• For a student completing post-leave coursework in a subsequent term or award year, the student’s cost of attendance may not include tuition and fee costs for the coursework being completed. However, the 5/15 Updated Guidance states that living costs may be included, and credits associated with the coursework being completed may count toward the student’s enrollment status.
    • The 3/20 FAQs provided that if coursework in a program, including clinicals or internships/externships, is suspended due to COVID-19, an institution is allowed to place students on an approved LOA “until the institution can resume coursework or can find another placement for the student.” However, we see no indication that ED is waiving the usual limitation that an approved LOA may not exceed 180 days in a twelve-month period.
    • Typically, students must originate LOA requests. However, for all leaves related to COVID-19 circumstances, the 5/15 Updated Guidance allows an institution to first “plac[e] all students on approved LOAs,” and to obtain LOA requests from the impacted students later.  While the school must “solicit LOA requests,” the guidance does not state what happens where a student does not respond to the solicitation.
  • Satisfactory Academic Progress (SAP) – New Information: The CARES Act allows institutions to exclude from the quantitative component of SAP credits a student was unable to complete as a result of COVID-19. The 5/15 Updated Guidance states that a student need not file a SAP appeal because of COVID-19, although the institution must make a reasonable determination that the student’s failure to complete those credits is the result of COVID-19.  ED provides examples of allowable circumstances that include illness of the student or family member, need to become a caregiver or first responder, economic hardship, added work hours, loss of childcare, inability to continue with classes via distance education, inability to access wi-fi due to closed facilities. Further, if the institution temporarily ceases operations during a period of enrollment, attempted credits for all affected students may be excluded.
    • The 5/15 Updated Guidance clarifies that institutions may permit students to take some or all classes on a pass/fail basis and courses taken on a pass/fail basis count as attempts for SAP purposes. Institutions have flexibility to modify their policies regarding the number of courses students may take pass/fail due to COVID-19 or temporarily adopt a policy allowing pass/fail grades.  ED acknowledges that institutions need not count the pass/fail grade in the GPA.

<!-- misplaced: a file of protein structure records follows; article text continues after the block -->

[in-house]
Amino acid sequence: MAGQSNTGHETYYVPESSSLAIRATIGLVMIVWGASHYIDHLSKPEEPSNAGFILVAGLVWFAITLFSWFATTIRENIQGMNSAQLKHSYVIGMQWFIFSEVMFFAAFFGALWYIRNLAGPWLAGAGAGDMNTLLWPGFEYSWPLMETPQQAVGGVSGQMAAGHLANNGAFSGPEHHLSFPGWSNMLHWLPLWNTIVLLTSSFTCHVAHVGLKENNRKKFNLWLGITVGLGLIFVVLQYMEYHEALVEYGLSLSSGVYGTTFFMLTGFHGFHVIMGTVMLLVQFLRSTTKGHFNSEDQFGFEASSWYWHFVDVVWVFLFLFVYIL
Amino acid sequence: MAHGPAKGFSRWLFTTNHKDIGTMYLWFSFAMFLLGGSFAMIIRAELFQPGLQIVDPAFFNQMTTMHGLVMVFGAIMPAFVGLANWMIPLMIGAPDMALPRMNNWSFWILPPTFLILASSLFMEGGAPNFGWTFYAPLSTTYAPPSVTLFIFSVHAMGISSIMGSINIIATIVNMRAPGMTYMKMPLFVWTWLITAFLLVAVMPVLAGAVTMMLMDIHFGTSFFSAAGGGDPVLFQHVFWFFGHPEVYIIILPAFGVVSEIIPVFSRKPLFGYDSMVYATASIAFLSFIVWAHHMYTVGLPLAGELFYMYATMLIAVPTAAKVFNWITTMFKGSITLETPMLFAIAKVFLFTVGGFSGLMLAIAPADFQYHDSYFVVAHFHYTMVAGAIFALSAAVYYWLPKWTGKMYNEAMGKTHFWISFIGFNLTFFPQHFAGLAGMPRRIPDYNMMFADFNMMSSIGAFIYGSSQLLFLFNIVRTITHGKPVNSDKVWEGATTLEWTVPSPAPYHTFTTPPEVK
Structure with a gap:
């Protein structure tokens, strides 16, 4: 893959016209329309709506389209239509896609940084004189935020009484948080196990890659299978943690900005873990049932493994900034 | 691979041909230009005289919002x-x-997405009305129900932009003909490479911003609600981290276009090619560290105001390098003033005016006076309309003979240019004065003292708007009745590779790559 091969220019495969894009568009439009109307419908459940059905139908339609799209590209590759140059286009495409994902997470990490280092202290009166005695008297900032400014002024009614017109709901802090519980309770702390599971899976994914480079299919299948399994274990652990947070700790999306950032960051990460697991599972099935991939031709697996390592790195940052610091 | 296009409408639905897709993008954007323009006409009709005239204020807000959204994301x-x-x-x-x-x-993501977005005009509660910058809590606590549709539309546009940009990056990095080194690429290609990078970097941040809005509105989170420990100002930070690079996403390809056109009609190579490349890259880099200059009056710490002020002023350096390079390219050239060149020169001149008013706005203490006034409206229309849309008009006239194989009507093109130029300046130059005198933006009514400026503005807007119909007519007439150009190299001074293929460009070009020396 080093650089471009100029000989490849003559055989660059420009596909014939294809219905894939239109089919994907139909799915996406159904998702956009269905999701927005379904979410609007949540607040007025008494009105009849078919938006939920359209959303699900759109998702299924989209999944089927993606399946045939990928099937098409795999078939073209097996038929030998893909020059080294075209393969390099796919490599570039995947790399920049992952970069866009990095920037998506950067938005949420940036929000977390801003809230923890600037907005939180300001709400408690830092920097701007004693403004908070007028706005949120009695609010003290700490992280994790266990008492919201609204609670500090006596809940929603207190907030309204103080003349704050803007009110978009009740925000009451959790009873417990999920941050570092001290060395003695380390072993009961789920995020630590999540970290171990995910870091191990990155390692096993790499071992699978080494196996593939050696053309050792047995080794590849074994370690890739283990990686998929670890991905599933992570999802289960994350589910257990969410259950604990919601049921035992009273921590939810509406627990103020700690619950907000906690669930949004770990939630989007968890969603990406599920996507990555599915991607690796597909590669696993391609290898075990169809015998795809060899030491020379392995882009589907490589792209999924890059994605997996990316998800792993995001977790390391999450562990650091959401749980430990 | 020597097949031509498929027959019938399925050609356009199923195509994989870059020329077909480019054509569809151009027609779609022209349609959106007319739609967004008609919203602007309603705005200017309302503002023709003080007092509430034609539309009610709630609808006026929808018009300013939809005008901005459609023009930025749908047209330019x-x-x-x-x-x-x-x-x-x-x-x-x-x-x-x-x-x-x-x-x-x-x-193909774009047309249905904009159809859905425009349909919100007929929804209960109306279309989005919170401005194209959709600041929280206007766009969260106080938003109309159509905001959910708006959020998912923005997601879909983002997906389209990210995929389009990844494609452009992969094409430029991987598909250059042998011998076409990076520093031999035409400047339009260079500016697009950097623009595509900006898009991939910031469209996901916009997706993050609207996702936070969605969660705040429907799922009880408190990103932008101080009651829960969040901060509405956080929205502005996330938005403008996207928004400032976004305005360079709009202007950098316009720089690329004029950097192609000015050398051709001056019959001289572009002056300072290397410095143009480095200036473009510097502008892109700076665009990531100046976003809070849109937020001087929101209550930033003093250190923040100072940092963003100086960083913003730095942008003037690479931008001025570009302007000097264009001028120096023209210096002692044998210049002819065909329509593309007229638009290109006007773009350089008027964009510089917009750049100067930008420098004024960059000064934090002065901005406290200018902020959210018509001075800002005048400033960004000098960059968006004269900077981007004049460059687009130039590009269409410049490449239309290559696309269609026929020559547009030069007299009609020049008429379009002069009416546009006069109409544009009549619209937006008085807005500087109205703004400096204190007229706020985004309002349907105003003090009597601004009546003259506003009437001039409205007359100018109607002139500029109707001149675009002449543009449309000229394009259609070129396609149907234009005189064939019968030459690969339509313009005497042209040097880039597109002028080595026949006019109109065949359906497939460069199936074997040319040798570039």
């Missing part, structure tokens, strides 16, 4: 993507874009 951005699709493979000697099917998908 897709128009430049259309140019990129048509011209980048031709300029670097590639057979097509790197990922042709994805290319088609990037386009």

• Change of OwnershipNew Information: The 5/15 Updated Guidance expands the timeframe for post-consummation filings to the Department by an institution that has undergone a change of ownership.  To extend the Temporary Program Participation Agreement issued to an institution by the Department following a change of ownership, an institution typically must submit additional information to the Department (including an audited same day balance sheet and evidence of accreditor and state authorizing agency approval of the change of ownership) by the end of the month following the month in which the change of ownership occurred.  The 5/15 Updated Guidance extends the timeframe for institutions to submit this additional information by an additional six months.
  • Students Who Did Not Begin Attendance: Institutions need not return Title IV loan funds disbursed as a credit balance as long as the institution was not aware a student would not attend prior to disbursement.  Institutions should not notify the loan servicer of a student who did not begin attendance.
  • Enrollment Status Changes: The Department cannot waive the requirement to disburse Title IV funds based on a student’s actual enrollment status (e.g., half-time, full-time).  However, the Department’s guidance reminds institutions that they need only consider students’ enrollment status in limited circumstances (i.e., at time of disbursement for Direct Loans, and based on institutional census date(s) for Pell grants).  Institutions might also consider temporarily modifying any internal policies and procedures for recalculating aid eligibility that are more stringent than what ED requires.
  • Academic Year: If an institution closes for a period or otherwise shortens a term due to COVID-19 disruptions, it can contact its School Participation Division to request a temporary reduction in academic year length.  (See 4/3 Updated Guidance for instructions for making this request.)  A reduced academic year must still contain at least 26 weeks of instructional time under ED’s regulations.
  • Academic Calendars; Scheduling Flexibility: The Department is providing scheduling flexibility when planned instructional time is lost to COVID-19 disruptions (e.g., temporary closure; loss of travel abroad or experiential learning credit).  Institutions may extend their terms and offer courses on a schedule that would otherwise trigger non-term or non-standard term treatment, while continuing to disburse Title IV aid based on a standard term calendar. For example, the 3/20 FAQs confirm that standard term treatment would continue to apply even where a Spring term is extended due to COVID-19 and overlaps with the Summer term (such overlap would normally make the program a non-term program).
  • Verification Status Code “W”: ED is cancelling the warning and “deobligation” process for student records with a verification status of “W” that had been scheduled for April 2020.  This is typically the process under which schools are warned that certain Pell Grant disbursements will be regarded as “overawards” and will be reduced to a zero-dollar amount.  The Department is re-evaluating the processes scheduled for July and October and will likely issue additional guidance.